Out of all the days to stay late at work, my boss asked me Tuesday to stay until 8PM for a late meeting. Around 4:30 PM my phone starts ringing off the hook with my guys calling me to tell me there's a huge factory fire on Garibaldi Ave. I checked with a few sources to make sure it would still be burning when I got home (being that my commute is over an hour) and they reassured me it would be burning for a long time. I left work with apologies to my boss and let's just say that was the longest commute of my life.
Coming into my town I could smell and see the smoke. I grabbed a few granola bars, got dressed, went to headquarters and grabbed my gear and drove to the scene. The smoke engulfed a few city blocks and when I got close, police moved the barricades to let my car in.
When I met up with my crew, they were standing and watching as all the tower ladders were in full operation, and I was told this was a 100% defensive operation as the plant had unknown chemical and plastic contents and was vacant. As everyone was unsure of the quality of the air, we were all issued filter-masks similar to the ones surgeons wear, and some agency was already on scene doing air-quality testing.
I found my Captain and as I'm stepping up as Lieutenant in a month, I felt this was a great opportunity to work side by side and get some things done. Even though Engine Companies don't have much function at a defensive fire besides pumping water to the master streams, we found a metal staircase to a lower-set rooftop that had a door that led to one of the attached buildings that was not yet involved in fire.
After giving a heads up to the Chief and all operating ladder streams, we took a 3 man team up the attached metal stairs to set up a 2 1/2 inch line up hanging up and over the parapet next to an attached roof-access ladder. Next to us was a door to the building, which we cut off the hinges with a circular saw. We stretched the 2 1/2 up the stairs, made a big U into the room and back out of the room, 3 feet up the wall and hung it over the parapet.
I was standing a foot into the room when they charged it, unaware that I was standing right in the center of the U the line made. Water rushed throught he lines and the weight pulled the 2 1/2 tight and I quickly realized it would sweep my legs right out from under me. I only had about a second between hearing water rushing and seeing the line whipping towards my legs. I jumped as high as I could as it swept under my feet like lightning and it just caught my heel, tripping me slightly, before flying out the door and almost down the stairs. That was an extremely close call as it nearly brought me down the stairs with it. Crisis averted and let this be a lesson to me and anyone reading this to stay the hell away from a 2 1/2 as it's charging, even if your pump-operator is more gentle on the throttle than mine.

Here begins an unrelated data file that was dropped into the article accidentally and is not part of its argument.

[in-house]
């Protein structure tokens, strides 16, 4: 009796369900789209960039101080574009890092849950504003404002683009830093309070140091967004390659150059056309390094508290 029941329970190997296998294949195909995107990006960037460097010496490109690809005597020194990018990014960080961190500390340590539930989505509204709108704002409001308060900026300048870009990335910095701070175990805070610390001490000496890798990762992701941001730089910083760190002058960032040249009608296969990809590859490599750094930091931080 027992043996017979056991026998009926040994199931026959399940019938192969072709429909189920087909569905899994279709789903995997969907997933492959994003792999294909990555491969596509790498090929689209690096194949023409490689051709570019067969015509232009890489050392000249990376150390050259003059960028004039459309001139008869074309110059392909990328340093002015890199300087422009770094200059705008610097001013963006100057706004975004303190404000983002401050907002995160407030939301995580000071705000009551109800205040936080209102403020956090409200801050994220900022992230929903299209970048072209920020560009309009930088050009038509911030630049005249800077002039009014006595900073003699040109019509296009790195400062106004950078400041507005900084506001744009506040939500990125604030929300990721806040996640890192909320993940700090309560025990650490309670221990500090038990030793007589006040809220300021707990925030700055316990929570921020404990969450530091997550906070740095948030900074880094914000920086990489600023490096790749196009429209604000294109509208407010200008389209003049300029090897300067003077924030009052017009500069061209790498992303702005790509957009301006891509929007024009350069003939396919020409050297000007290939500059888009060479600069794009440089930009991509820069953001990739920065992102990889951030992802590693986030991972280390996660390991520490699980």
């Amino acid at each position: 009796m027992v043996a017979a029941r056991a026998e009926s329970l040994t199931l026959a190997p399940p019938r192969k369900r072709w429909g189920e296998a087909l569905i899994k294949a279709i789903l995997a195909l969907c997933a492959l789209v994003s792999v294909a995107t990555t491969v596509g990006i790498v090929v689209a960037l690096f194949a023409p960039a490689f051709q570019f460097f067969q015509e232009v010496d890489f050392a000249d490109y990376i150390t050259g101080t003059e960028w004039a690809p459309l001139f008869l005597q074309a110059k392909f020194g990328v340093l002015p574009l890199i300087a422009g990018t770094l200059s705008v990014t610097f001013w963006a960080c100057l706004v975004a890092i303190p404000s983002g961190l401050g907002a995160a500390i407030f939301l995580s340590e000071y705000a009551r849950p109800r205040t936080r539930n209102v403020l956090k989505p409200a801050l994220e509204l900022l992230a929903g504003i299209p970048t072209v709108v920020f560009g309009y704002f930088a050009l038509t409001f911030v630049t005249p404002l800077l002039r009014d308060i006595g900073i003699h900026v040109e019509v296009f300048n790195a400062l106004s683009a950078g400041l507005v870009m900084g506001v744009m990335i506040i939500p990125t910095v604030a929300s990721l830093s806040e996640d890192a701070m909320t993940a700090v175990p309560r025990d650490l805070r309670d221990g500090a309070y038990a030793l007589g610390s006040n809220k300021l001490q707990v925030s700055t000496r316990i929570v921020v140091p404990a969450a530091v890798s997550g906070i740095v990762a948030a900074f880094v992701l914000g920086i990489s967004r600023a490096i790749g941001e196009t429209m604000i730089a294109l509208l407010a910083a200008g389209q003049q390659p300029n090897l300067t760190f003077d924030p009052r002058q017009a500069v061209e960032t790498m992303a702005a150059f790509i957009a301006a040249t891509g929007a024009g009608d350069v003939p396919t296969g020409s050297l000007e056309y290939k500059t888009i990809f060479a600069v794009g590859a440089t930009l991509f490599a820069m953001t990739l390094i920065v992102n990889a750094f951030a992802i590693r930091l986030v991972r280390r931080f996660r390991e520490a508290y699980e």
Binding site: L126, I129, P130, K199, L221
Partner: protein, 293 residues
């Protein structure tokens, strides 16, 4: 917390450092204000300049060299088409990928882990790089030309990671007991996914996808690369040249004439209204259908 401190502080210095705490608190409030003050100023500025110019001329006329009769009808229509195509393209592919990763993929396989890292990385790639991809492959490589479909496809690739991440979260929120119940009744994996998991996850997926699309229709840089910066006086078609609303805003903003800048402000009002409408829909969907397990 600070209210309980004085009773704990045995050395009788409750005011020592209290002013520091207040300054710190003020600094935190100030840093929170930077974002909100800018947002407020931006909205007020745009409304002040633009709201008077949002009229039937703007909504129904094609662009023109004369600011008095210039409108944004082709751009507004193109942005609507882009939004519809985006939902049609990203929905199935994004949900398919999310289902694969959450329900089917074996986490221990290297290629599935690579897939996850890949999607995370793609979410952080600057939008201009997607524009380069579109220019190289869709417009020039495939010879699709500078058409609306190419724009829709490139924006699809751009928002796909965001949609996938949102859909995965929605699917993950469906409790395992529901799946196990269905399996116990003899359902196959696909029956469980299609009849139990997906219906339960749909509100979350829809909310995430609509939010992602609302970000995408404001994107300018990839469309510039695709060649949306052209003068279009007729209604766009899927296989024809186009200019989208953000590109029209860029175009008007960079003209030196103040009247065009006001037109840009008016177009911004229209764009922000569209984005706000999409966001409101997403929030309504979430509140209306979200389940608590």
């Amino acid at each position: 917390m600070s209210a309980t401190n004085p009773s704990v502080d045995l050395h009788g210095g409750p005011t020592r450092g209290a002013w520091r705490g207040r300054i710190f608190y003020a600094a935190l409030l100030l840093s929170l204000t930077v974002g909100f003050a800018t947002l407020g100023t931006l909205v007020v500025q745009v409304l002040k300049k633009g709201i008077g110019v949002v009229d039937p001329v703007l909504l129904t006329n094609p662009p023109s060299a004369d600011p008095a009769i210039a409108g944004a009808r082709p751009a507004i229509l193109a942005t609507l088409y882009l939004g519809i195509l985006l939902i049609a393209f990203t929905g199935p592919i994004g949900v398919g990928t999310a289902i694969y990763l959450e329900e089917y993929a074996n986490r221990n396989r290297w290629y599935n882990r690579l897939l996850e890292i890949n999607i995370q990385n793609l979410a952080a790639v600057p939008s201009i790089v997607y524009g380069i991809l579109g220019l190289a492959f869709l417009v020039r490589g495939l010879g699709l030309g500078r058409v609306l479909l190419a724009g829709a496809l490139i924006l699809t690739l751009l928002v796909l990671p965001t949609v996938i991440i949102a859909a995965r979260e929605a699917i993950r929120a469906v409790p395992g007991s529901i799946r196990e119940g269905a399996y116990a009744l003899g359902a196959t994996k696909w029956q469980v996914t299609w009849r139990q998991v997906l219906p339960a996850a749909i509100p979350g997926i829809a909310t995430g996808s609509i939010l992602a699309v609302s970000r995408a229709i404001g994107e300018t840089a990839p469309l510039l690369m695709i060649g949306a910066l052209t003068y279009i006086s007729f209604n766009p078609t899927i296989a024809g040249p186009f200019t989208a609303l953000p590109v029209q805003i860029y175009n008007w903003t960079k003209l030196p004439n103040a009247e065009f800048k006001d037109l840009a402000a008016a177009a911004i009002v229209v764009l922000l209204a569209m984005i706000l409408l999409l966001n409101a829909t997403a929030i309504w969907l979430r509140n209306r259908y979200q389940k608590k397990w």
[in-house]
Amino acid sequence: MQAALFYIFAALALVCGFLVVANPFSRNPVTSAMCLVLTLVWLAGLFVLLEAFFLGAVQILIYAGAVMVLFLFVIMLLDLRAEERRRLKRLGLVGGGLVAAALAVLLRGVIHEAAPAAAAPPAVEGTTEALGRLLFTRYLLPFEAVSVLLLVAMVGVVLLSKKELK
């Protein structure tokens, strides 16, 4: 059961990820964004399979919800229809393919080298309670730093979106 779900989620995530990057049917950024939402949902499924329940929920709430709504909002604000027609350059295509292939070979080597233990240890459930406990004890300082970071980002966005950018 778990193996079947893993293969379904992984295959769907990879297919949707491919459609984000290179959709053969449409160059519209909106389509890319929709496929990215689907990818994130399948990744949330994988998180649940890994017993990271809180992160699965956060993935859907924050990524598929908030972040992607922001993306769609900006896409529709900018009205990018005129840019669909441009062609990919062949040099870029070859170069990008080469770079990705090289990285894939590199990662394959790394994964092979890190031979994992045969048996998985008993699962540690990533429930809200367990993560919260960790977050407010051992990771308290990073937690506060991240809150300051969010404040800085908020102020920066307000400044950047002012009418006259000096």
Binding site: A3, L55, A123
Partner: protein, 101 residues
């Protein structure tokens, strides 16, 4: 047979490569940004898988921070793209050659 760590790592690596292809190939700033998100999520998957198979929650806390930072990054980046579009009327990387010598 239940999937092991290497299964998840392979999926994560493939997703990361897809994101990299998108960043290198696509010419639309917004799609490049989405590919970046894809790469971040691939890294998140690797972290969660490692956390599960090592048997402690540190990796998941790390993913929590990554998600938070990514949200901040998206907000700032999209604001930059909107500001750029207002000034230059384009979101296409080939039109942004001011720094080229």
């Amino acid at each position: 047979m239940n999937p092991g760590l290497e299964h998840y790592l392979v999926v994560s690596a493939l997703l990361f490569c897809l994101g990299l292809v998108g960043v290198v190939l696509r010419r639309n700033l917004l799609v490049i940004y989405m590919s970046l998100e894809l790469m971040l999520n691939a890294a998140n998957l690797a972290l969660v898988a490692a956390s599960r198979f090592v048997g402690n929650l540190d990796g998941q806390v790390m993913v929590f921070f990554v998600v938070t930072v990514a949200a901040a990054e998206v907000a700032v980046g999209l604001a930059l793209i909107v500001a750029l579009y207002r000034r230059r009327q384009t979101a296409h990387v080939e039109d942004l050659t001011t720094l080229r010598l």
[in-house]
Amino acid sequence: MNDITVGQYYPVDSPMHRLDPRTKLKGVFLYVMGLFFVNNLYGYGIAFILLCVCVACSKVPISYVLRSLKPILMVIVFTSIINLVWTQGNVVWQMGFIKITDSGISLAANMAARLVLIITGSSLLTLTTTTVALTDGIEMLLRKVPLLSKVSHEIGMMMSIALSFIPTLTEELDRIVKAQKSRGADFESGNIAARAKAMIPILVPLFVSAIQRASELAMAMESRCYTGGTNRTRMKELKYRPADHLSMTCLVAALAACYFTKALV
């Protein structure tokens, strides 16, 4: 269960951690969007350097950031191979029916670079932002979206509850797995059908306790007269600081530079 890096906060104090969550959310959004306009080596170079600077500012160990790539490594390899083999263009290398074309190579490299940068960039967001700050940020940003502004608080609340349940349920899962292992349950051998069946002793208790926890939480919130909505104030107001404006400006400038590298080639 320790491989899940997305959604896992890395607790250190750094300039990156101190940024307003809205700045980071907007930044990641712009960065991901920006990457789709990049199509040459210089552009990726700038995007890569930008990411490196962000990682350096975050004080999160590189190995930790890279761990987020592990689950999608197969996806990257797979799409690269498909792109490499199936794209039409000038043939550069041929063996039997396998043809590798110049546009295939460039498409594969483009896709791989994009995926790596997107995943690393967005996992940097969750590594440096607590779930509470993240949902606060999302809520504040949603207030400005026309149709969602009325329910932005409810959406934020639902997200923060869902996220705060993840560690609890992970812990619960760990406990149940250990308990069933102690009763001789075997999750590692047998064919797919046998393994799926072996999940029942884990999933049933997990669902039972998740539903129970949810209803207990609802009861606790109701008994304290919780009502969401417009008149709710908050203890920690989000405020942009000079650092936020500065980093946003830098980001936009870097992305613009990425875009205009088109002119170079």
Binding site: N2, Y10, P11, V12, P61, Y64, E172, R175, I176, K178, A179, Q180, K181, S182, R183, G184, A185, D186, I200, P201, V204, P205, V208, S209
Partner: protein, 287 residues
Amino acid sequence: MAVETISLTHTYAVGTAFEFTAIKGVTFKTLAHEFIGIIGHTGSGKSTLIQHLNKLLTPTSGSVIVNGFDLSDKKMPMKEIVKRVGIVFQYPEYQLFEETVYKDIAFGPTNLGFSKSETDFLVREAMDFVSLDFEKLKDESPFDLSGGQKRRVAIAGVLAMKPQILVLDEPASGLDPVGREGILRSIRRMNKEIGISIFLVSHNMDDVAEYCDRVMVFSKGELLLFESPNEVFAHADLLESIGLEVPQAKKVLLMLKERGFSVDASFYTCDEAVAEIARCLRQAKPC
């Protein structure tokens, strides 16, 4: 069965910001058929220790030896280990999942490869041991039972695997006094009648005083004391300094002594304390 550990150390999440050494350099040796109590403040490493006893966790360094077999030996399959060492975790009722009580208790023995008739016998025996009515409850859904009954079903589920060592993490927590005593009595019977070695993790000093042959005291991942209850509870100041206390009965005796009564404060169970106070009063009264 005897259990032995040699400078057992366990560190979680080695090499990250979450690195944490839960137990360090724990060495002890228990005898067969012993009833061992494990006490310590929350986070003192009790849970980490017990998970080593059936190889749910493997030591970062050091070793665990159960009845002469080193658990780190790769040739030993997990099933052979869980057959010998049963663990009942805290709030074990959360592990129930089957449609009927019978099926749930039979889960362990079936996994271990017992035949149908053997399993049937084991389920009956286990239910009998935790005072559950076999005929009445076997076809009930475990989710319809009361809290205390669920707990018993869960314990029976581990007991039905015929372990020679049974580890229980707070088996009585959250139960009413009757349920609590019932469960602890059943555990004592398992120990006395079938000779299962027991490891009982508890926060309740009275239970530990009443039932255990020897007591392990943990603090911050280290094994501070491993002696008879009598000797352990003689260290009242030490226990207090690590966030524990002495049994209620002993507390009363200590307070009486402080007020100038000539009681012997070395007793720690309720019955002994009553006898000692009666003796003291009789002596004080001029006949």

Our strategy was to set up one firefighter sitting on the 2 1/2" hoseline on the parapet, one firefighter on the landing beside him for support, one firefighter a foot into the room with a thermal camera to watch for encroaching fire, and an officer on the landing to coordinate it all.
100 feet across the roof from the nozzle-man was a set of windows which at this point all had massive amounts of fire rolling and blowing out of them. The idea was to hit the right-most window to keep the fire from moving right and entering the attached building. Every 7 minutes we rotated positions and sent 1 man down to be replaced with someone fresh from the ground below.
The attached room was hot and had a haze of smoke that got denser as time went by. At the far end of the room was a hallway which had fire that could be seen with the thermal camera, but not yet with the naked eye as the smoke was too thick down the hallway. An interior attack was out of the question as master streams operated above us, even though they were aware of our crew. As we rotated guys more and more, we noticed the fire was making its way down that hallway towards us, and we debated whether to wait for it to enter the room and make a final stand with the 2 1/2 from the landing at the doorway.
After about 45 minutes of fire attack, no improvement was seen in the windows we were hitting and the fire was getting even closer down the hallway. Too many towers were in operation flowing water, and we decided our attempts were futile and we backed down the metal stairs. 15 minutes later that entire building was overcome by heavy fire, creating furnace-like conditions.
A few hours later, I took a walk around the front of the building, which now had heavy flame blowing out of 3 or 4 windows, catching a nearby tree on fire as well. Rehab was set up in a deli across the street, and everyone operating with me earlier on the stairs went inside for some pizza and O2.
We set up our deck gun later on the same building we were trying to protect earlier and stayed for another 10 hours pumping water to all the master streams in operation. About 7 AM, my crew was relieved by one of the 16 towns helping out through the night. I went home, called my boss to take off work, and fell asleep until the pager went off a few hours later for a house fire on Avenue B...